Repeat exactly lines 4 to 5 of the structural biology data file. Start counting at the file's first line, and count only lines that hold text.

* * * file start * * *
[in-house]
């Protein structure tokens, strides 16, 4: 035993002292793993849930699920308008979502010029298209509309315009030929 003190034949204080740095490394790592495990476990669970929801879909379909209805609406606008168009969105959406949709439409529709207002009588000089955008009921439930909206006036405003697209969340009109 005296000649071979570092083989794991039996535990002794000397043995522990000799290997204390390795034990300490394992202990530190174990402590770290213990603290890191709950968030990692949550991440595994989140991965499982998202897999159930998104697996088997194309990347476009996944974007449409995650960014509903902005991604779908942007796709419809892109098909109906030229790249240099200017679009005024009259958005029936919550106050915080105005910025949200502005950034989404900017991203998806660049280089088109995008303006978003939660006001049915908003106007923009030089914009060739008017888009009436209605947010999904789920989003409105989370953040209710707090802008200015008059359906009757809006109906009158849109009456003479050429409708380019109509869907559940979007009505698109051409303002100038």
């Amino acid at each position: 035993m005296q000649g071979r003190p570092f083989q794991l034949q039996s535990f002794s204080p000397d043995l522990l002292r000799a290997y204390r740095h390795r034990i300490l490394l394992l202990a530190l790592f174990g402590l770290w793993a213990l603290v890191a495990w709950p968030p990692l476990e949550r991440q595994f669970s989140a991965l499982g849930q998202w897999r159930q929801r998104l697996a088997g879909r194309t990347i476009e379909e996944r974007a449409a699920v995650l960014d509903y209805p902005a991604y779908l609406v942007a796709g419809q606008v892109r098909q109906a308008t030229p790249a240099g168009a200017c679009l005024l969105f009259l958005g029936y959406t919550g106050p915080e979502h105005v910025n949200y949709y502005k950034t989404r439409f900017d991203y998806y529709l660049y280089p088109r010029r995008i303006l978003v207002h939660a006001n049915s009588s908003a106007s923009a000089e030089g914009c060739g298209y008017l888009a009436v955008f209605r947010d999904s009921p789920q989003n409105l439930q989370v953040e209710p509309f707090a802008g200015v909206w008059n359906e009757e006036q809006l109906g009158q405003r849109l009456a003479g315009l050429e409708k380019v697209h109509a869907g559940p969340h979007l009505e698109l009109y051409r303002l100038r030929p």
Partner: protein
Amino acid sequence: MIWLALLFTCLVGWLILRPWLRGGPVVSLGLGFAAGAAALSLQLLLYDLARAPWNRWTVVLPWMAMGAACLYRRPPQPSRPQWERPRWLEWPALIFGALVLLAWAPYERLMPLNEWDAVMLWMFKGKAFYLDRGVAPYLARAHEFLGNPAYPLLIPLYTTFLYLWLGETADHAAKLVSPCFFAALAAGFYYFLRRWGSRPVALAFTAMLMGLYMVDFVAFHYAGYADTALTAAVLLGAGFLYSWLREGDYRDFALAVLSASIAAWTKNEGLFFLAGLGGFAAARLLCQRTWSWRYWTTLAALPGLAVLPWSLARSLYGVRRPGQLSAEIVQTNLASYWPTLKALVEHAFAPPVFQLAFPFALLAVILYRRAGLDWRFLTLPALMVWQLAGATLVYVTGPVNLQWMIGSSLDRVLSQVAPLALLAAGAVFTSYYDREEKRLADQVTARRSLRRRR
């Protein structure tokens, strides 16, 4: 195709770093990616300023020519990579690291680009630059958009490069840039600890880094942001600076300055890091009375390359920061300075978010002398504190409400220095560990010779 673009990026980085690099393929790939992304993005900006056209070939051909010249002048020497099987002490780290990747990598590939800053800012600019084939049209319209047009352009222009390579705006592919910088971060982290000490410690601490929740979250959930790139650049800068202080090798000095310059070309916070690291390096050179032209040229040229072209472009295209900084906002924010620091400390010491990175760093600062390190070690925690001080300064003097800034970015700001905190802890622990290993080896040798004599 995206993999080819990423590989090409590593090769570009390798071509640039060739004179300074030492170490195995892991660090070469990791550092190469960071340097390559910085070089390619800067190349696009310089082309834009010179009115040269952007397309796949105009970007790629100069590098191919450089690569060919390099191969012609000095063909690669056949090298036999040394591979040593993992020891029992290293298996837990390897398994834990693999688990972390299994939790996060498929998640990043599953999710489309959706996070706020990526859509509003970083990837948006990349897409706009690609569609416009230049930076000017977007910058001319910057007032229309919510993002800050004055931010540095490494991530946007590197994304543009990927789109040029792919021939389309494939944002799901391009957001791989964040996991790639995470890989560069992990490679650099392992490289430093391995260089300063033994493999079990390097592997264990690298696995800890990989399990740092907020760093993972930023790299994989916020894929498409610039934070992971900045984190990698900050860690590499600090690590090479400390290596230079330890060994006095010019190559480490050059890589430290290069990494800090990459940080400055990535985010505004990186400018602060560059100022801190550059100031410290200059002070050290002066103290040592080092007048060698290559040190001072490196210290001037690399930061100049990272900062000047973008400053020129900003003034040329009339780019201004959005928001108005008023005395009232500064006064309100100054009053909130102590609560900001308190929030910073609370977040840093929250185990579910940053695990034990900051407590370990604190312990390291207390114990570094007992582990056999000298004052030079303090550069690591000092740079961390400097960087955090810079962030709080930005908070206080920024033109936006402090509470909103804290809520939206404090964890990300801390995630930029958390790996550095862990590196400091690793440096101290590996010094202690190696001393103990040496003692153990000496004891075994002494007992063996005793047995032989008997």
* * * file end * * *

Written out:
Partner: protein
Amino acid sequence: MIWLALLFTCLVGWLILRPWLRGGPVVSLGLGFAAGAAALSLQLLLYDLARAPWNRWTVVLPWMAMGAACLYRRPPQPSRPQWERPRWLEWPALIFGALVLLAWAPYERLMPLNEWDAVMLWMFKGKAFYLDRGVAPYLARAHEFLGNPAYPLLIPLYTTFLYLWLGETADHAAKLVSPCFFAALAAGFYYFLRRWGSRPVALAFTAMLMGLYMVDFVAFHYAGYADTALTAAVLLGAGFLYSWLREGDYRDFALAVLSASIAAWTKNEGLFFLAGLGGFAAARLLCQRTWSWRYWTTLAALPGLAVLPWSLARSLYGVRRPGQLSAEIVQTNLASYWPTLKALVEHAFAPPVFQLAFPFALLAVILYRRAGLDWRFLTLPALMVWQLAGATLVYVTGPVNLQWMIGSSLDRVLSQVAPLALLAAGAVFTSYYDREEKRLADQVTARRSLRRRR